Census 2020: Muskingum County gains 336 people in past decade as growth slows


By Staff Report

Recently released data from the U.S. Census Bureau shows that Muskingum County observed a very slight increase in population between 2010 and 2020.

While neighboring, more urbanized counties, witnessed higher population growth, other more rural neighboring counties almost all had population loss.

Article 1, Section 2 of the United States Constitution requires that every decade, beginning in 1790, all persons living within the boundaries of the country be counted.

That official tally is used by various government and non-government entities for everything from the amount of federal funds given to local municipalities to each state’s number of representatives in Congress.

In April 2021, the Census Bureau announced that based on each state’s population totals, Ohio would lose a seat in the U.S. House of Representatives, which has been capped at 435 members since 1929.

At its peak in the 1960s, the state had 24 separate districts representing 9,706,397 Ohioans.

This decade, after the one-seat loss, Ohio will only have 15 seats in the U.S. House of Representatives legislating on behalf of roughly 11,799,448 Ohioans.

Currently, Muskingum County is split into two districts, represented by both Congressman Troy Balderson and Congressman Bill Johnson, whose districts each cover the southern and northern parts of the county, respectively.

On May 8, 2018, voters in Ohio passed a constitutional amendment that is designed to combat the gerrymandering of both federal and state representative districts. Muskingum County has been affected by such a change of boundaries at both levels of government.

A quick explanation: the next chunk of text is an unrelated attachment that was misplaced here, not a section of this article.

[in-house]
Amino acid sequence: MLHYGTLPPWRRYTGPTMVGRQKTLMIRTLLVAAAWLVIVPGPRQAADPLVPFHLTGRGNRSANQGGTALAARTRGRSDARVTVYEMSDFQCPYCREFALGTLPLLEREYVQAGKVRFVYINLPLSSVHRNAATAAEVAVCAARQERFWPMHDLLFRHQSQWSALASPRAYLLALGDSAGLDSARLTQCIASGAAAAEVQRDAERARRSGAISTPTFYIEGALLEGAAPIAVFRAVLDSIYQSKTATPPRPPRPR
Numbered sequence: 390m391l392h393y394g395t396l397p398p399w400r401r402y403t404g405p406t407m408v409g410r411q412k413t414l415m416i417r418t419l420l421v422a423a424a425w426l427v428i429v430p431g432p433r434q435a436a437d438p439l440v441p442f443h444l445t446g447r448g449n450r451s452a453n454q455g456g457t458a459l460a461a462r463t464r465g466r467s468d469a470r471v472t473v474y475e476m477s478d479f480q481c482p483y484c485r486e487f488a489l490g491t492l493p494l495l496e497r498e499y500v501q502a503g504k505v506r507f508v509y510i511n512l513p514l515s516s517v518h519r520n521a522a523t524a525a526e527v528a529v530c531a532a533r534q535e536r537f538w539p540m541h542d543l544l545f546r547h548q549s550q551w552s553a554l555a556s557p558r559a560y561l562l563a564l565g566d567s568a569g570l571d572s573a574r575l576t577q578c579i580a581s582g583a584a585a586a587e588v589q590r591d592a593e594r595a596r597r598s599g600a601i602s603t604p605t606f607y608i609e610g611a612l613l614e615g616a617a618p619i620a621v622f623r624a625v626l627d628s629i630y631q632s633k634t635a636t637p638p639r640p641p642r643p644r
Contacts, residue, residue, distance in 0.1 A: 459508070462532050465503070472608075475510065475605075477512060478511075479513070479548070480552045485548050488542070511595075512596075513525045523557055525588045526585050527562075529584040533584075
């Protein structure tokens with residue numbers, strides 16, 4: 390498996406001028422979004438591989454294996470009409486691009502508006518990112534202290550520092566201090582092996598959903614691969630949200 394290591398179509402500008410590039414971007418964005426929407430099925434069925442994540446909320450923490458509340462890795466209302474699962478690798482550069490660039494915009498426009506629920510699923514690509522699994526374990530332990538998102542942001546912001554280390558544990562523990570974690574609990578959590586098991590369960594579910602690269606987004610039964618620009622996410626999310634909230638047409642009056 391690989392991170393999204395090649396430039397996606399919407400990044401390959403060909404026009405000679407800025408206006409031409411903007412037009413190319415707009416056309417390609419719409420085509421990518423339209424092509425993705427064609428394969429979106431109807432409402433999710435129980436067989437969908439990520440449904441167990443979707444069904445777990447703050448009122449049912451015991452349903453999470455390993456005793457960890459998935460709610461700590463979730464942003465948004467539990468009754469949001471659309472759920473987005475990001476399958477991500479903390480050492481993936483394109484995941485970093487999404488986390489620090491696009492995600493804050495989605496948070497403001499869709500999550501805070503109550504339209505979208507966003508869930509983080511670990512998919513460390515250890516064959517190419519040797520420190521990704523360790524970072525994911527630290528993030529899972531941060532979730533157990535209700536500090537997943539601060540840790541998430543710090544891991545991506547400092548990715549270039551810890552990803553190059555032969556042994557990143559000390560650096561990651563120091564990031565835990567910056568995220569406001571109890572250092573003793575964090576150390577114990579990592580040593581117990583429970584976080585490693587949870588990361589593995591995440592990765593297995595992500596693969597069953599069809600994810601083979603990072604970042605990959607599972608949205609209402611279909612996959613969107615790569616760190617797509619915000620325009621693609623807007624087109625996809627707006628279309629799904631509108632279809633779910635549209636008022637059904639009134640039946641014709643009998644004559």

Rep. Troy Balderson will now represent all of Muskingum County. His new district will also represent all or parts of Delaware, Knox, Licking, Fairfield, Holmes, Coshocton, Morgan, Perry, Athens and Tuscarawas Counties.

The release of more granular data this year on micro population groups, referred to as Census Blocks, the smallest geographic area for which the Bureau collects and tabulates decennial census data, paints a picture of how the population of the Buckeye State has shifted in recent years.

Urban areas, such as Franklin County, appeared to be the population winners across the state, in which the county observed a nearly 14 percent growth over the last decade. Delaware County, to its north, had nearly a 23 percent gain in residency.

Closer to Zanesville, urban-rural Licking County grew by 7.2 percent for a 10-year population gain of 12,027 individuals bringing it to a county-wide total of 178,519 residents. To its north, Knox County had a modest 3 percent growth and to its south, Fairfield County had an 8.7 percent gain.

Muskingum County increased its population by 336 individuals for a very slight gain of roughly 33 people per year, placing itself at the border of the urban growth, rural loss trend statewide. The 2020 Census put the total population of Muskingum County at 86,410, the state’s thirty-first most populous county behind Tuscarawas County at 93,263 and above Ross County at 77,093.

Coshocton County, to the north, lost nearly one percent of its population, Guernsey County, to its east, lost 4.1 percent, falling below 40,000 residents, Noble County, to its southeast, lost 3.6 percent, Morgan County, to its south, lost 8.3 percent, falling below 15,000 county residents and Perry County, to our southwest, lost 1.8 percent, maintaining above 35,000 individuals.

Statewide, the Columbus region was the biggest winner, which appears to include those who choose to live in Muskingum County and commute into the urbanized region. The announcement of Intel bringing at least 3,000 jobs to western Licking County by 2025 is also likely to continue such observed population trends into the mid to late 2020s.

Data shows the City of Zanesville lost 722 residents or roughly three percent of its population. Falls Township gained 587 residents, equal to a roughly seven percent increase. Of the 25 townships in Muskingum County, 15 observed population growth. Washington Township lost 191 residents, the most of any township, at roughly four and a half percent.